Japanese shipping firm “K” Line may consider installing an additional 50 seawings developed by Airseas, a subsidiary of major aircraft manufacturer Airbus, after delivery of an initial unit on a bulk carrier.
The development, taking place after two years of technical and business cooperation, comes as part of a recent 20-year agreement between Airseas and “K” Line to install and service one ship with a Seawing unit – an automated kite based on parafoil technology used to tow commercial ship and reduce CO2 by 20% through wind propulsion.
“We are proud that ‘K’ Line as a leading ship owner confirms its trust towards Airseas following its two years of intense assessment of our solution,” said Bernatets, CEO of Airseas.
“With this deal, Airseas will kick-start its industrial scale up. Seawing’s innovative technology will become a leading energy efficient solution for the shipping industry, thus contributing to cleaner sky and oceans.”
The Japanese “K” Line transports goods worldwide through its fleet of 520 vessels.
“Seawing represents a breakthrough for our industry and for the environment. “K”LINE is proud to demonstrate its commitment to the global environment by applying leading technology to improve ship efficiency and to solve the core issues of maritime emissions,” noted Asano, SMEO of “K”LINE.
“Beyond reducing our emissions by more than 20% with its kite, Airseas is a top end digital partner looking at integrating their solution with our “Kawasaki Integrated Maritime Solutions” which is integrated vessel operation and performance management system in order to smartly manage our vessel operation.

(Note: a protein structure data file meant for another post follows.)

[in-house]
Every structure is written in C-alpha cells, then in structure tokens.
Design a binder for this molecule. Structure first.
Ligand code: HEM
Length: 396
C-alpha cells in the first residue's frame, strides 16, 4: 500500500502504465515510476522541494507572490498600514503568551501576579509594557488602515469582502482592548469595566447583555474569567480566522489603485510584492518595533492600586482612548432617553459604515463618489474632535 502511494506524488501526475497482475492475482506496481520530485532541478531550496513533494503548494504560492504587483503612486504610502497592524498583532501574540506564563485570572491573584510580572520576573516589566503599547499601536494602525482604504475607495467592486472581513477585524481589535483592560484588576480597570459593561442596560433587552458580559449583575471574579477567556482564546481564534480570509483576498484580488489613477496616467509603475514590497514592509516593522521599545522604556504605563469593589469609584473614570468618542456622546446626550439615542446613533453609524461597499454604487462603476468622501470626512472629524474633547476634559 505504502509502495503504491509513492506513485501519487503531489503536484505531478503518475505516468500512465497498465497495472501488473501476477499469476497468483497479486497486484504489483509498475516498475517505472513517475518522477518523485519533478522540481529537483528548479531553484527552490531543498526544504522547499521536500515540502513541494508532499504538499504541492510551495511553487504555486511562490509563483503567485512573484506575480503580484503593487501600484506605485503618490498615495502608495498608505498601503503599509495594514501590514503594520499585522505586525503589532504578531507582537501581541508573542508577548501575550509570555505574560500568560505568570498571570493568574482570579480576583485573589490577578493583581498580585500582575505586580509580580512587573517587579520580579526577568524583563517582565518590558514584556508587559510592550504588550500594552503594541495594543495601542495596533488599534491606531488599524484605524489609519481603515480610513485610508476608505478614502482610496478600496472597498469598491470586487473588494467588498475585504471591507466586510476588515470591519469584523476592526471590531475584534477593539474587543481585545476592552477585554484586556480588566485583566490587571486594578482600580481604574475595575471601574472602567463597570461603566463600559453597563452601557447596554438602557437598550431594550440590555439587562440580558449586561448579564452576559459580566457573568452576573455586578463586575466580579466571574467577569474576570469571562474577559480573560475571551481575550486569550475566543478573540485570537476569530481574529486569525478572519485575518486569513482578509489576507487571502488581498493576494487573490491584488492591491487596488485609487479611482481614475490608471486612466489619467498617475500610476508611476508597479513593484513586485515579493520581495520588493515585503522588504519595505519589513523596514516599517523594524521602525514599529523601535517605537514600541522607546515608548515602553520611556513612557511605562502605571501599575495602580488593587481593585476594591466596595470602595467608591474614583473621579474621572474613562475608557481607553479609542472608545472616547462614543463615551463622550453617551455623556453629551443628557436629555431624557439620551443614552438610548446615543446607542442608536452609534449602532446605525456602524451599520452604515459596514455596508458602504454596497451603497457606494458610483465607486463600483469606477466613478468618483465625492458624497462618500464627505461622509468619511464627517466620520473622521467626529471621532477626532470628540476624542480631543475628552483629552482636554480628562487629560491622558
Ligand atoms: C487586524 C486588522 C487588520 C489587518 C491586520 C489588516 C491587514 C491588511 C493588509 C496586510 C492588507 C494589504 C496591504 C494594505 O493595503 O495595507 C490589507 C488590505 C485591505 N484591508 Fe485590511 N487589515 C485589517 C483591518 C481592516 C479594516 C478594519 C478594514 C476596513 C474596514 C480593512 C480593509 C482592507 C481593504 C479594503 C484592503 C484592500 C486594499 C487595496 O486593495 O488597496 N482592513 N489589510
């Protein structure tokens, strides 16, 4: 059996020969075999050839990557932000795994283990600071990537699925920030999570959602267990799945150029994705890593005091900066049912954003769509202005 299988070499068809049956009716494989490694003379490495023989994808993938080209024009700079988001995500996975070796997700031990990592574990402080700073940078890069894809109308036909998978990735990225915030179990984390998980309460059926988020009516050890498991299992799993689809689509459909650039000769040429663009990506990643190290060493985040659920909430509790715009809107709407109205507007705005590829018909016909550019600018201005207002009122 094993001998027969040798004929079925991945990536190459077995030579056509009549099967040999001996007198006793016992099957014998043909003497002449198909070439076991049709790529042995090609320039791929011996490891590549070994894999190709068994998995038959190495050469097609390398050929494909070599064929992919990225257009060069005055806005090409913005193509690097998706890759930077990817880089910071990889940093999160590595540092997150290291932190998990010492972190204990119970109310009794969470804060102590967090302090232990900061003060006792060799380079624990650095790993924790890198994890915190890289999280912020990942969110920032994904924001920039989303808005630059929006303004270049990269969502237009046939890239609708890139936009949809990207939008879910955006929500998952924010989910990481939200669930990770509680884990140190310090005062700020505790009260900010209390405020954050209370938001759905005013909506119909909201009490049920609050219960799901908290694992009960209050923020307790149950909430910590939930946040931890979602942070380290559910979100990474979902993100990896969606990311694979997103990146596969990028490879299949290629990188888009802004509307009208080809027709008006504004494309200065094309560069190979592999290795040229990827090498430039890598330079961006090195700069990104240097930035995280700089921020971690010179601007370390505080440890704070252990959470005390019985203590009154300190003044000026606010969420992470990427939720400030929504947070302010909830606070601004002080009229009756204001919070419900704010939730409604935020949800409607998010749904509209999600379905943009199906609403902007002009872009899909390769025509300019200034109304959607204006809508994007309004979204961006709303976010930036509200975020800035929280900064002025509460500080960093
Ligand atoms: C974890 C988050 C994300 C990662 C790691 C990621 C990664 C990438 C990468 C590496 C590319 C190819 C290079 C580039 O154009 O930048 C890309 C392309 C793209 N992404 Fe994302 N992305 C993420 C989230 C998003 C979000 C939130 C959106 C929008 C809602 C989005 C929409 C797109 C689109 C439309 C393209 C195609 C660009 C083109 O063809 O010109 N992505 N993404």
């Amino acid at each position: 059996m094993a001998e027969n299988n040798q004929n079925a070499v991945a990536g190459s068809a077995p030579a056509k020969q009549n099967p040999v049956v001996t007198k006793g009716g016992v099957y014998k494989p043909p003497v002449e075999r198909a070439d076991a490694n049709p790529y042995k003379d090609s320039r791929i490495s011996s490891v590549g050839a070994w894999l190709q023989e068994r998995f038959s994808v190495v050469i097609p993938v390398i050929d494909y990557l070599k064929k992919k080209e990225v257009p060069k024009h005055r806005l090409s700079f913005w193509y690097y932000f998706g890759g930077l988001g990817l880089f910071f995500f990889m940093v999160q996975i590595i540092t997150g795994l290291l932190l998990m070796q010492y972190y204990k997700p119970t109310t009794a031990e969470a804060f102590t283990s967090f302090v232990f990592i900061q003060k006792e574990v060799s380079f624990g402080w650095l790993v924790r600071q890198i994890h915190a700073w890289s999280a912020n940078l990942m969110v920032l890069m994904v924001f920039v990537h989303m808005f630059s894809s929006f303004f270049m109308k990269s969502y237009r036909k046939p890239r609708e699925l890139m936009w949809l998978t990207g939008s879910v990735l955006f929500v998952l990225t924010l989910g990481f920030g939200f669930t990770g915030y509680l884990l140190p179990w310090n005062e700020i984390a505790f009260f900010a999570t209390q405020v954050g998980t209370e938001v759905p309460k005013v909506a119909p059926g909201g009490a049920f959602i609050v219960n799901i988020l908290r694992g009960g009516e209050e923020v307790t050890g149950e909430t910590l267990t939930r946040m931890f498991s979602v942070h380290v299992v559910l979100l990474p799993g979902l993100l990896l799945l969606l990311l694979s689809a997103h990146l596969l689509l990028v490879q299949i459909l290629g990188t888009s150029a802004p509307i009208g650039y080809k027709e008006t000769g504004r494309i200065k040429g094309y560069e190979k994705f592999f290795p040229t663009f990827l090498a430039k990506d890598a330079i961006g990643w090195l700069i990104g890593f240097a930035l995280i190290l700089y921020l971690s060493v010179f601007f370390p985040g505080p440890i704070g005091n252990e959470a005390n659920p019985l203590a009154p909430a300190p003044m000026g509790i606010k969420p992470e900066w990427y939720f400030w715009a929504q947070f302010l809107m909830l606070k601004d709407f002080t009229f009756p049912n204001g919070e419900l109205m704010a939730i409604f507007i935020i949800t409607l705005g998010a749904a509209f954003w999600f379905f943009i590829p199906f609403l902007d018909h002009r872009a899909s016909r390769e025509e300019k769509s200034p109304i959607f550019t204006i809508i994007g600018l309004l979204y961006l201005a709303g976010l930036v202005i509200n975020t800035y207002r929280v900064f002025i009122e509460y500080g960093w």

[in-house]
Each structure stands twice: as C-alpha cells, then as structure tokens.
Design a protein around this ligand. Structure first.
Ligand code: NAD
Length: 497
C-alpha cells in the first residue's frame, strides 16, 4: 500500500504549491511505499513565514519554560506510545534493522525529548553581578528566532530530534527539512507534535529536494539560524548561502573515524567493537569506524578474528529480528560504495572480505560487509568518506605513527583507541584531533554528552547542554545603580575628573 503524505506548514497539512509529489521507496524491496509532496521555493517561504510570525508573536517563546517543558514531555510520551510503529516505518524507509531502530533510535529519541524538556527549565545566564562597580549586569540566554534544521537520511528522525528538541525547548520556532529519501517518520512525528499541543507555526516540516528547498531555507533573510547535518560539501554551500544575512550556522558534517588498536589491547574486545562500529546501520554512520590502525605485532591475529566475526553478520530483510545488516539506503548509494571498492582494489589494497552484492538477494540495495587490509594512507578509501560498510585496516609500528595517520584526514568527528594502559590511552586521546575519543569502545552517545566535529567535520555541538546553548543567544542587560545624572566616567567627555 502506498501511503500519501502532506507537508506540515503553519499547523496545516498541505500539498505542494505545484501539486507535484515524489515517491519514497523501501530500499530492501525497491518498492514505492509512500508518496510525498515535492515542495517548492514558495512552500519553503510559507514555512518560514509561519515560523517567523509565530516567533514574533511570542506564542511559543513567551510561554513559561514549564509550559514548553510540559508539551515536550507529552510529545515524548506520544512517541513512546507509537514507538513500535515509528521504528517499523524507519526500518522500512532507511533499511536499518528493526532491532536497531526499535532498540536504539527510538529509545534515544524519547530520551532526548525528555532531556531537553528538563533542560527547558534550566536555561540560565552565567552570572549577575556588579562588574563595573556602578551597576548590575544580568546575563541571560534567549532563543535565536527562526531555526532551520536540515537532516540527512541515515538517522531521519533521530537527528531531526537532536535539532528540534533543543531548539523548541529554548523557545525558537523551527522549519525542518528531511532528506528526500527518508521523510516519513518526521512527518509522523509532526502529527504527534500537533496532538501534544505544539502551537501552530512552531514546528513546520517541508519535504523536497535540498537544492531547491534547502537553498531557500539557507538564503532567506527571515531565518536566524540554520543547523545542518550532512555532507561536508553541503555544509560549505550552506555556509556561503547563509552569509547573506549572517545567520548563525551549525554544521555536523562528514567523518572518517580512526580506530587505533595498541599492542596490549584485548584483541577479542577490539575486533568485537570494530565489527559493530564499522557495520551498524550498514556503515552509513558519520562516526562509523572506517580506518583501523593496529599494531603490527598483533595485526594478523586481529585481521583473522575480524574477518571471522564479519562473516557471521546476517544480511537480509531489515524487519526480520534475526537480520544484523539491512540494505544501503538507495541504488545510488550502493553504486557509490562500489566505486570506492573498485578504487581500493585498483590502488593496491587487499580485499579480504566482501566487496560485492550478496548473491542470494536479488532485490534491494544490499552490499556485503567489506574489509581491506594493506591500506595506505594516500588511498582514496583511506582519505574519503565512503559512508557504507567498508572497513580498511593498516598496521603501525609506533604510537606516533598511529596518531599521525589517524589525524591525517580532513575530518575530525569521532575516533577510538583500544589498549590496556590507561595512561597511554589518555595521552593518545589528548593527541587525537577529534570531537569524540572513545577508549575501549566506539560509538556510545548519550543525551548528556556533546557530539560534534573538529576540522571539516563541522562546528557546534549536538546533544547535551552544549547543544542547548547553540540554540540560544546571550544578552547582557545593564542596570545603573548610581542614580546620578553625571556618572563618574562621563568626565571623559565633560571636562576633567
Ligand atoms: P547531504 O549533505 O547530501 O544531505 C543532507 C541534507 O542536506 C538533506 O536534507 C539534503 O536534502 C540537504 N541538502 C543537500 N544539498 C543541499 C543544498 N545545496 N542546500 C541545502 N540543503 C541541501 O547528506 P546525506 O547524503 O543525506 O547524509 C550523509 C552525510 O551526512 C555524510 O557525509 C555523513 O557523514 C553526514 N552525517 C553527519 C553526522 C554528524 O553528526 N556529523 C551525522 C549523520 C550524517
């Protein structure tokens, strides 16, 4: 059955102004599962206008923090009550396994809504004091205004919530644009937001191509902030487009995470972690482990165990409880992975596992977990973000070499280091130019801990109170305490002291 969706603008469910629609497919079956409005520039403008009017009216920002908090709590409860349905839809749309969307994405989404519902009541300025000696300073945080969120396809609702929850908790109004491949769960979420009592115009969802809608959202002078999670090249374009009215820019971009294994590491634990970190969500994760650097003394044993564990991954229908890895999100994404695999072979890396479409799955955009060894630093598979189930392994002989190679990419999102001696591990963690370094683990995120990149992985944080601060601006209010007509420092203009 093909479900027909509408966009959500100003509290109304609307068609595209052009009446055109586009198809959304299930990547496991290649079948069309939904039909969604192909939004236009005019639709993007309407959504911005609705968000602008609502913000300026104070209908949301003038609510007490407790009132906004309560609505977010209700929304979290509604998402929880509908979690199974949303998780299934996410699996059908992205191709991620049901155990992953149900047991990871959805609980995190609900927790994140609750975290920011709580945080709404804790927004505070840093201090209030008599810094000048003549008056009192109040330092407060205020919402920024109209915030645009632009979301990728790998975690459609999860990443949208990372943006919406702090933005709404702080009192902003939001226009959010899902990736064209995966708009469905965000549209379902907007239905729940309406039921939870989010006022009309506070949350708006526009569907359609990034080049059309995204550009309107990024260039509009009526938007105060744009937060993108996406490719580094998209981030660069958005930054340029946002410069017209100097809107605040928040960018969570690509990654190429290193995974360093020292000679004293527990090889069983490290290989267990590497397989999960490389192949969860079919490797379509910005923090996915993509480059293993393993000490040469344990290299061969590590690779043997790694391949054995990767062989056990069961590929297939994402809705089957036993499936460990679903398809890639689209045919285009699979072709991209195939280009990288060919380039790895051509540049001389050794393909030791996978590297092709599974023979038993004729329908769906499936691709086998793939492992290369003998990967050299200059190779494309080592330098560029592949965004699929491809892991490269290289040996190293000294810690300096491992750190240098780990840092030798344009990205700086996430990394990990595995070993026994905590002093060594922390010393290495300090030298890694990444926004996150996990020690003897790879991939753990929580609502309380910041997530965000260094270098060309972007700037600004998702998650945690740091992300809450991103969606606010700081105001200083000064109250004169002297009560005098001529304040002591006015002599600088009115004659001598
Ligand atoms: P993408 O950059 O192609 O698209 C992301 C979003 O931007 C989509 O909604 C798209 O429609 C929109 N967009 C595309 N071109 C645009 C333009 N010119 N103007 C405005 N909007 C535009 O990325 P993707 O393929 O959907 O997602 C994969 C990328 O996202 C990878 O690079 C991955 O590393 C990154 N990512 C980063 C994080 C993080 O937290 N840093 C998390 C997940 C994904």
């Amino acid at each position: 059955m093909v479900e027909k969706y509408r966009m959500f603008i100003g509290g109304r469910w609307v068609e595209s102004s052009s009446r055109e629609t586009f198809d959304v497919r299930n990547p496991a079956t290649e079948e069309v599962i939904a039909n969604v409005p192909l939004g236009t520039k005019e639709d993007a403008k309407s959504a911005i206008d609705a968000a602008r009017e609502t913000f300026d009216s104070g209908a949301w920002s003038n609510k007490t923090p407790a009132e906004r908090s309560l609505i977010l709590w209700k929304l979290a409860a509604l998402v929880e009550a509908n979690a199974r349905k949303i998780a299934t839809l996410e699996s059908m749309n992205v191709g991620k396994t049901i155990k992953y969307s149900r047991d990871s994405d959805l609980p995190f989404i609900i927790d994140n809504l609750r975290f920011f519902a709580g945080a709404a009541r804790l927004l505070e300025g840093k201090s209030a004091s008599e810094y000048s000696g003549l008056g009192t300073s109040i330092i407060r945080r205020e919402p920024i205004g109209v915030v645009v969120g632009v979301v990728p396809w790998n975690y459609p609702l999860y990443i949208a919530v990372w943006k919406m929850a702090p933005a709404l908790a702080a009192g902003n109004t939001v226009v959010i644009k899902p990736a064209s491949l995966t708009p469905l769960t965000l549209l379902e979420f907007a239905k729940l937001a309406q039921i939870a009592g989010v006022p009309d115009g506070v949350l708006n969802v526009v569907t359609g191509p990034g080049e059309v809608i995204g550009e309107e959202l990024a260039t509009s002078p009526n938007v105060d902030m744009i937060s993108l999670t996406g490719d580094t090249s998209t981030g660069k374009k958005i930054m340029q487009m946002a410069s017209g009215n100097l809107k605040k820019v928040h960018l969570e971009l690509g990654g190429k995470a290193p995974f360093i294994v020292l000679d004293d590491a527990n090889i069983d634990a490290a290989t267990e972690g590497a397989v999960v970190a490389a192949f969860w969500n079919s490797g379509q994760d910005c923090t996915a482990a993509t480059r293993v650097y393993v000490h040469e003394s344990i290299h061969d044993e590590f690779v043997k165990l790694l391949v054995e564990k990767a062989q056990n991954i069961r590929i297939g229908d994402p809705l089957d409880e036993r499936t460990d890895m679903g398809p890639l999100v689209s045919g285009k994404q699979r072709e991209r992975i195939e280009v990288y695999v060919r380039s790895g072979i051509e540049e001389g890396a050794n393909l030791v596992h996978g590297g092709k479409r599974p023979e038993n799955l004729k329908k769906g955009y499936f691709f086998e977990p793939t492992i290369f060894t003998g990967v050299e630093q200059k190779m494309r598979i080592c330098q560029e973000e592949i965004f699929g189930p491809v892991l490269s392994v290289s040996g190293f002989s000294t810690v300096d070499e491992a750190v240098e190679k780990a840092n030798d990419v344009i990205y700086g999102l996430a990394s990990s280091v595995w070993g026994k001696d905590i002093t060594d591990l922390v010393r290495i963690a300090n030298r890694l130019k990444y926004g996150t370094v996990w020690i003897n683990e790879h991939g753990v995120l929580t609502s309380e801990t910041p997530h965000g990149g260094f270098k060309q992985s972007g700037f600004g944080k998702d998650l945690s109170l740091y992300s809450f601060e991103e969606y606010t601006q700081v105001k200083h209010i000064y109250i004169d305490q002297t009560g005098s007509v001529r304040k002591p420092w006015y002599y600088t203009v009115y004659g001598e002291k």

“Seawing reduces the environmental footprint of capsize vessel by 5,200 tons of CO2 per year depending on the vessel voyage route, that is contributing to achieving our goal to reduce CO2 emissions by half, targeting year 2050, in ‘K’ Line Environmental Vision 2050.”
Photo credit: “K” Line
Published: 11 June, 2019
The local bunkering sector has adapted to IMO 2020 requirements and LSFO is now available at more than two earlier locations, notes bunker supplier Trillion Energy.
Claiming USD 108,887.87 for the supply and delivery of 310.00 mt of low sulphur marine gas oil at the Port of Jeddah on or about 23 February 2020.
A sanitisation expert offers Manifold Times a summary of the processes involved in disinfecting a ship together with the equipment and products used in the operation.
‘As the saying goes without people buying things, manufacturing will slow, trade will also slow and shipping movements slows down. It’s a whole chain of reaction,’ says Simon Neo.
Laboratory looking to collaborate with Singapore bunker surveyors to roll out COVID 19 testing service, which has been successfully adopted by land-based industries, to the maritime sector.
Sinfeng Marine Services filed an application to the Court of Appeal to withhold information from the liquidators on October 2019; the appeal was dismissed a month later.